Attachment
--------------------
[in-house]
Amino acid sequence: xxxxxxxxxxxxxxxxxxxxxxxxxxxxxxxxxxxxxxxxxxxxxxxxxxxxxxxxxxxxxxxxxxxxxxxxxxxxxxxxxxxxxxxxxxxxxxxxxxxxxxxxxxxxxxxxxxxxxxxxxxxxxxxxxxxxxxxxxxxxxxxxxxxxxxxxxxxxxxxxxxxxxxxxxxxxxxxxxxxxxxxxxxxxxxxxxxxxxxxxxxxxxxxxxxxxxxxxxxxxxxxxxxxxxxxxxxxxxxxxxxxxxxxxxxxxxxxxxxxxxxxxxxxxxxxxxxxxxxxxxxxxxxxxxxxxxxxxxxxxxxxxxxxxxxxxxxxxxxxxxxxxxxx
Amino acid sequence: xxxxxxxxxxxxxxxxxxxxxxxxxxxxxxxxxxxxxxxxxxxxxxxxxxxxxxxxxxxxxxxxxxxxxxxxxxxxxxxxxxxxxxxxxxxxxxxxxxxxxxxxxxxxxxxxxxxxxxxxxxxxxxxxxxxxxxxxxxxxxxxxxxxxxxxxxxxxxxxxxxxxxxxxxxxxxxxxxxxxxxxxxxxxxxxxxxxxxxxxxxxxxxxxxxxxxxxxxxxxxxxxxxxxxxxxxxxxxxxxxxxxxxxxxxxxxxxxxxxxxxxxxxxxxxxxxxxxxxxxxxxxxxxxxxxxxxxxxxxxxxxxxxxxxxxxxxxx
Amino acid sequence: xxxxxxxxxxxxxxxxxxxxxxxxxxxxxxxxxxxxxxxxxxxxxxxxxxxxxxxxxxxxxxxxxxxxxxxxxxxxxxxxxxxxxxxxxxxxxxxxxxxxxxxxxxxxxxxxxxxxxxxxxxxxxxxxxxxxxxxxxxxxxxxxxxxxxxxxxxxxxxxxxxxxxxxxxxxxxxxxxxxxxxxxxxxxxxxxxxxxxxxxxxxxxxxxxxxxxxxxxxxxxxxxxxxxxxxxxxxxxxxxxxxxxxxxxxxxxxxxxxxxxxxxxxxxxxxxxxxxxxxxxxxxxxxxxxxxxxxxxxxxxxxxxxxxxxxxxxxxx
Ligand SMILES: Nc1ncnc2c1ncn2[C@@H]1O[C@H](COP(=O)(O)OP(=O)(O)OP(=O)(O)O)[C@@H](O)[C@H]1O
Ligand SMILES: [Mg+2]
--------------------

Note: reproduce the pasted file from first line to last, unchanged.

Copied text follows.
[in-house]
Amino acid sequence: xxxxxxxxxxxxxxxxxxxxxxxxxxxxxxxxxxxxxxxxxxxxxxxxxxxxxxxxxxxxxxxxxxxxxxxxxxxxxxxxxxxxxxxxxxxxxxxxxxxxxxxxxxxxxxxxxxxxxxxxxxxxxxxxxxxxxxxxxxxxxxxxxxxxxxxxxxxxxxxxxxxxxxxxxxxxxxxxxxxxxxxxxxxxxxxxxxxxxxxxxxxxxxxxxxxxxxxxxxxxxxxxxxxxxxxxxxxxxxxxxxxxxxxxxxxxxxxxxxxxxxxxxxxxxxxxxxxxxxxxxxxxxxxxxxxxxxxxxxxxxxxxxxxxxxxxxxxxxxxxxxxxxxx
Amino acid sequence: xxxxxxxxxxxxxxxxxxxxxxxxxxxxxxxxxxxxxxxxxxxxxxxxxxxxxxxxxxxxxxxxxxxxxxxxxxxxxxxxxxxxxxxxxxxxxxxxxxxxxxxxxxxxxxxxxxxxxxxxxxxxxxxxxxxxxxxxxxxxxxxxxxxxxxxxxxxxxxxxxxxxxxxxxxxxxxxxxxxxxxxxxxxxxxxxxxxxxxxxxxxxxxxxxxxxxxxxxxxxxxxxxxxxxxxxxxxxxxxxxxxxxxxxxxxxxxxxxxxxxxxxxxxxxxxxxxxxxxxxxxxxxxxxxxxxxxxxxxxxxxxxxxxxxxxxxxxx
Amino acid sequence: xxxxxxxxxxxxxxxxxxxxxxxxxxxxxxxxxxxxxxxxxxxxxxxxxxxxxxxxxxxxxxxxxxxxxxxxxxxxxxxxxxxxxxxxxxxxxxxxxxxxxxxxxxxxxxxxxxxxxxxxxxxxxxxxxxxxxxxxxxxxxxxxxxxxxxxxxxxxxxxxxxxxxxxxxxxxxxxxxxxxxxxxxxxxxxxxxxxxxxxxxxxxxxxxxxxxxxxxxxxxxxxxxxxxxxxxxxxxxxxxxxxxxxxxxxxxxxxxxxxxxxxxxxxxxxxxxxxxxxxxxxxxxxxxxxxxxxxxxxxxxxxxxxxxxxxxxxxxx
Ligand SMILES: Nc1ncnc2c1ncn2[C@@H]1O[C@H](COP(=O)(O)OP(=O)(O)OP(=O)(O)O)[C@@H](O)[C@H]1O
Ligand SMILES: [Mg+2]